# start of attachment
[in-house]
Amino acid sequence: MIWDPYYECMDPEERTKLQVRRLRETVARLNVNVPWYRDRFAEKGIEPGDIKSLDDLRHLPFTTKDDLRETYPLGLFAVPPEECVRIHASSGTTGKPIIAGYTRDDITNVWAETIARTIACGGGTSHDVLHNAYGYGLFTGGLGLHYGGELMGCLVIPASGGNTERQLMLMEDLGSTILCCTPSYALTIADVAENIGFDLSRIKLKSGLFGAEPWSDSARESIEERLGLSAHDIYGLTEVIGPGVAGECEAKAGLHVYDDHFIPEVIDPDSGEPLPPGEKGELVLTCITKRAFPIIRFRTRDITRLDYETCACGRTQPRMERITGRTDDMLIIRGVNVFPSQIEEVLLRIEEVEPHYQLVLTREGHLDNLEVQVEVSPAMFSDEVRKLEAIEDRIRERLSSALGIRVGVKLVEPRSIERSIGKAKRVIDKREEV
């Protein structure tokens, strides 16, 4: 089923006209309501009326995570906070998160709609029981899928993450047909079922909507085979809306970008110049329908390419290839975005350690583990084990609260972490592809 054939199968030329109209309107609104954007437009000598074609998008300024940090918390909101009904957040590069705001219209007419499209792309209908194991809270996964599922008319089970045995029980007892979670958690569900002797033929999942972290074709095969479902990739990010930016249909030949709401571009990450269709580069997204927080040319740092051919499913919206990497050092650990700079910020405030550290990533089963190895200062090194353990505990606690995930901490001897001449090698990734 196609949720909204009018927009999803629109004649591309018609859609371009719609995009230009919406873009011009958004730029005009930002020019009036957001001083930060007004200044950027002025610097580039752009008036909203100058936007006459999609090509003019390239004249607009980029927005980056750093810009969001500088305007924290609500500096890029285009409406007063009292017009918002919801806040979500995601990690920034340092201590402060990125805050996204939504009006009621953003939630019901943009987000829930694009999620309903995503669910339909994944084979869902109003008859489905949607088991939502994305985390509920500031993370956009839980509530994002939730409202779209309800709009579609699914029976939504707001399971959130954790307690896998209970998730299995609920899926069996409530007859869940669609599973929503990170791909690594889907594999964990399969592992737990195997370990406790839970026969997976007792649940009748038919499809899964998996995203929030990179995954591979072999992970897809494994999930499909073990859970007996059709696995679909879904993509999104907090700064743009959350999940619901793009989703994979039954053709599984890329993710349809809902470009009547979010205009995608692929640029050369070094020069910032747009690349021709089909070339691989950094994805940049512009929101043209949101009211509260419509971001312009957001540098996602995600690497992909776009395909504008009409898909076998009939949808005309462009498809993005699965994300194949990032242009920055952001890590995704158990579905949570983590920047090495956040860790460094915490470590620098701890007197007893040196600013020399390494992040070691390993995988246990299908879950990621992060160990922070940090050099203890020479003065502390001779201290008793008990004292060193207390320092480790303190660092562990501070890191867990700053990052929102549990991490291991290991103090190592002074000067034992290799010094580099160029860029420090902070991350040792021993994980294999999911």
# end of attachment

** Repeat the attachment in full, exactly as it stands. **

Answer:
[in-house]
Amino acid sequence: MIWDPYYECMDPEERTKLQVRRLRETVARLNVNVPWYRDRFAEKGIEPGDIKSLDDLRHLPFTTKDDLRETYPLGLFAVPPEECVRIHASSGTTGKPIIAGYTRDDITNVWAETIARTIACGGGTSHDVLHNAYGYGLFTGGLGLHYGGELMGCLVIPASGGNTERQLMLMEDLGSTILCCTPSYALTIADVAENIGFDLSRIKLKSGLFGAEPWSDSARESIEERLGLSAHDIYGLTEVIGPGVAGECEAKAGLHVYDDHFIPEVIDPDSGEPLPPGEKGELVLTCITKRAFPIIRFRTRDITRLDYETCACGRTQPRMERITGRTDDMLIIRGVNVFPSQIEEVLLRIEEVEPHYQLVLTREGHLDNLEVQVEVSPAMFSDEVRKLEAIEDRIRERLSSALGIRVGVKLVEPRSIERSIGKAKRVIDKREEV
């Protein structure tokens, strides 16, 4: 089923006209309501009326995570906070998160709609029981899928993450047909079922909507085979809306970008110049329908390419290839975005350690583990084990609260972490592809 054939199968030329109209309107609104954007437009000598074609998008300024940090918390909101009904957040590069705001219209007419499209792309209908194991809270996964599922008319089970045995029980007892979670958690569900002797033929999942972290074709095969479902990739990010930016249909030949709401571009990450269709580069997204927080040319740092051919499913919206990497050092650990700079910020405030550290990533089963190895200062090194353990505990606690995930901490001897001449090698990734 196609949720909204009018927009999803629109004649591309018609859609371009719609995009230009919406873009011009958004730029005009930002020019009036957001001083930060007004200044950027002025610097580039752009008036909203100058936007006459999609090509003019390239004249607009980029927005980056750093810009969001500088305007924290609500500096890029285009409406007063009292017009918002919801806040979500995601990690920034340092201590402060990125805050996204939504009006009621953003939630019901943009987000829930694009999620309903995503669910339909994944084979869902109003008859489905949607088991939502994305985390509920500031993370956009839980509530994002939730409202779209309800709009579609699914029976939504707001399971959130954790307690896998209970998730299995609920899926069996409530007859869940669609599973929503990170791909690594889907594999964990399969592992737990195997370990406790839970026969997976007792649940009748038919499809899964998996995203929030990179995954591979072999992970897809494994999930499909073990859970007996059709696995679909879904993509999104907090700064743009959350999940619901793009989703994979039954053709599984890329993710349809809902470009009547979010205009995608692929640029050369070094020069910032747009690349021709089909070339691989950094994805940049512009929101043209949101009211509260419509971001312009957001540098996602995600690497992909776009395909504008009409898909076998009939949808005309462009498809993005699965994300194949990032242009920055952001890590995704158990579905949570983590920047090495956040860790460094915490470590620098701890007197007893040196600013020399390494992040070691390993995988246990299908879950990621992060160990922070940090050099203890020479003065502390001779201290008793008990004292060193207390320092480790303190660092562990501070890191867990700053990052929102549990991490291991290991103090190592002074000067034992290799010094580099160029860029420090902070991350040792021993994980294999999911």